The BCFDF started 25 years ago. At that time there really wasn’t a unified voice for river anglers or an association for drift fishers. Drift fishing is a method of angling separate from stationary bar fishing or fly fishing. It is practiced in rivers where anglers prowl the river searching, as opposed to waiting, for fish to come to them. It is much more active than stationary river fishing. The idea is to let the current carry your bait or lure through the river using a float or small weights for bouncing on the bottom. It is a highly skilled fishery technique requiring years of experience to master.
Rod has been president of the BCFDF for 25 years. He says, “we’ve attempted to represent an aspect of the fishery, but our membership certainly includes anglers from all other methods. Our mandate is “Protection of Fish Stocks & Preservation of Angler opportunity now & for future generations.
The BCFDF formed because the other fishing organizations at the time mostly served a narrow, more exclusive group of fishermen and were not inclusive of other types of fishers. There needed to be a more inclusive group.
It is clear that fish stocks continue to decline, especially in the last 10 to 15 years. As part of the drive for resolution, Rod and other federation partners have tried to form “alliance groups” to further forward stewardship options on our rivers. This is an ongoing challenge.
There is a bit of a pecking order in the minds of “decision-makers” and some groups are being excluded from fishing the Fraser River. While the sport fishery contributes $1.1 billion per year to the BC economy and employs over 9000 people it is one of the groups on the lower end of the pecking order and is being excluded from fishing on the Fraser.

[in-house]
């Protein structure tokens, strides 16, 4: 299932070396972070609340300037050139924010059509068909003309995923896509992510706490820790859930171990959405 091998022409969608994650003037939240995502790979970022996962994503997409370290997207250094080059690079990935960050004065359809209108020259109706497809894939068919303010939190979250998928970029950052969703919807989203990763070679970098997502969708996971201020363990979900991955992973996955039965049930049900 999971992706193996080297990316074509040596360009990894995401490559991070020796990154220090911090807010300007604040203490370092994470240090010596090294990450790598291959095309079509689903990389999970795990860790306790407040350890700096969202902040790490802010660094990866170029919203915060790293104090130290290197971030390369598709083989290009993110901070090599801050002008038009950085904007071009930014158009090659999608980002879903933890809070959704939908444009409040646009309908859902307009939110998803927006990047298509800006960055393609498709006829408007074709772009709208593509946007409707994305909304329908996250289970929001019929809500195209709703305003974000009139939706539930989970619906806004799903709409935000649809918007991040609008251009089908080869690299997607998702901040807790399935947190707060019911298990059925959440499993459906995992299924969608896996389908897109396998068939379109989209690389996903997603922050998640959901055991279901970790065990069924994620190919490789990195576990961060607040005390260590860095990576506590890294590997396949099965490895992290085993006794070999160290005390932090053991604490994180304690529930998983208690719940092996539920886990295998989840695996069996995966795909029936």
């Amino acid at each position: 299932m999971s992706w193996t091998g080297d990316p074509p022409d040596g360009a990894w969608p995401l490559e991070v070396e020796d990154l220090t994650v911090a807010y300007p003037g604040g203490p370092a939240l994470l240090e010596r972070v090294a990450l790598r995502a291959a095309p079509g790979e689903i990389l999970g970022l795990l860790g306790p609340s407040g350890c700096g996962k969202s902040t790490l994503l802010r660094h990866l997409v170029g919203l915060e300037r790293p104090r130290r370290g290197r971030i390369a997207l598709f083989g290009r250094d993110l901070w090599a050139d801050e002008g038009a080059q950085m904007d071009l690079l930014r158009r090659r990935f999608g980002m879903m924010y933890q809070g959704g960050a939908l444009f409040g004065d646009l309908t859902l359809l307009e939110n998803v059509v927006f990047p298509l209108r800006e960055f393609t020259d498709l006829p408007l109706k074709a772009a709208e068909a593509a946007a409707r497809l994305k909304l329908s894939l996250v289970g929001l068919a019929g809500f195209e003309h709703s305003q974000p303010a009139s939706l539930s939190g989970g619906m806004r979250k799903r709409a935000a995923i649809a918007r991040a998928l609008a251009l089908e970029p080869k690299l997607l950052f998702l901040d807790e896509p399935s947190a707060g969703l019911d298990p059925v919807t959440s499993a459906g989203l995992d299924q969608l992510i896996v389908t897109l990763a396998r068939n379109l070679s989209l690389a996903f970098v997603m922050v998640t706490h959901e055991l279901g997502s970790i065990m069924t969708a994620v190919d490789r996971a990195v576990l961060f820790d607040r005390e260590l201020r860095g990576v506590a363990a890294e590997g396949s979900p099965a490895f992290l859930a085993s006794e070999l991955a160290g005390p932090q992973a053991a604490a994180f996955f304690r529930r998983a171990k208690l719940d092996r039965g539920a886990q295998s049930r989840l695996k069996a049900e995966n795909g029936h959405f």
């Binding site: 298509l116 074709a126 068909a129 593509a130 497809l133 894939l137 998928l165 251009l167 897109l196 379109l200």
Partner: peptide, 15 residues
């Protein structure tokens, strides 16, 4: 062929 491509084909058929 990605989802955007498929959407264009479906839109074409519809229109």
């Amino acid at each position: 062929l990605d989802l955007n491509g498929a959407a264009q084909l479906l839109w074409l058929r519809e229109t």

Rod is a supporter of the heritage value and the social value of family fishing. “It’s priceless! It’s a wonderful experience to teach your kids and grandkids in nature.”
Rod acknowledges that First Nations people have constitutional priority. The ongoing concern is that the heritage of family fisheries are not being considered and not being granted. This is the biggest challenge for the group that he represents.
Over the last two years, family fishing has been denied on the Fraser River. Rod feels like this is a dereliction of responsibility by our fisheries managers. He believes that fishermen are capable of responsibly fishing selectively and targeting stocks that are healthy, leaving the stocks alone that are of concern.
Rod says the best bonding time he has had with his son is spending the day fishing. It’s a simple and inexpensive pastime.
Mike Wilson of Fraser Valley Lifestyle, also on our call, agrees. He adds that pretty much every time he goes fishing with his son they have a great conversation and have good quality time together. It’s not just about catching a fish. (Many days they don’t catch any!) It’s also about existing and spending time in the beautiful environment and the excitement of fishing. Mike says he’s been blessed to be a part of that. “We have to have access to the rivers to enjoy these great moments with our families and friends.”
Rod says it’s imperative that we work with our first nations brothers on these initiatives. He has consulted with First Nation bands, particularly on the Fraser River, recognizing that our goal of preserving the fishery for our children and grandchildren is mirrored by their goals. With the political and public sensitivity to the rights of First Nations peoples, it’s a delicate challenge to raise awareness and allowances for all of the different fishing sectors who would like to fish throughout the province.
“We’ve tried negotiating with the government and we have made headway with local First Nations people,” Rod explains, “Our biggest issue is with the government. The reality is we’re not getting very far with them.” He thinks the government has failed to manage fish species for all Canadians. The BCFDF has retained legal counsel and says someday the issue of protecting the Public Fishery may make it to the Supreme Court. It may be one of the few avenues left to him and those who share his passion to ensure that their children can take their children fishing.
Today there are many great organizations in addition to the BCFDF throughout the province that are involved in conserving the fishery. If we work together, we can support the great Canadian heritage of family fishing.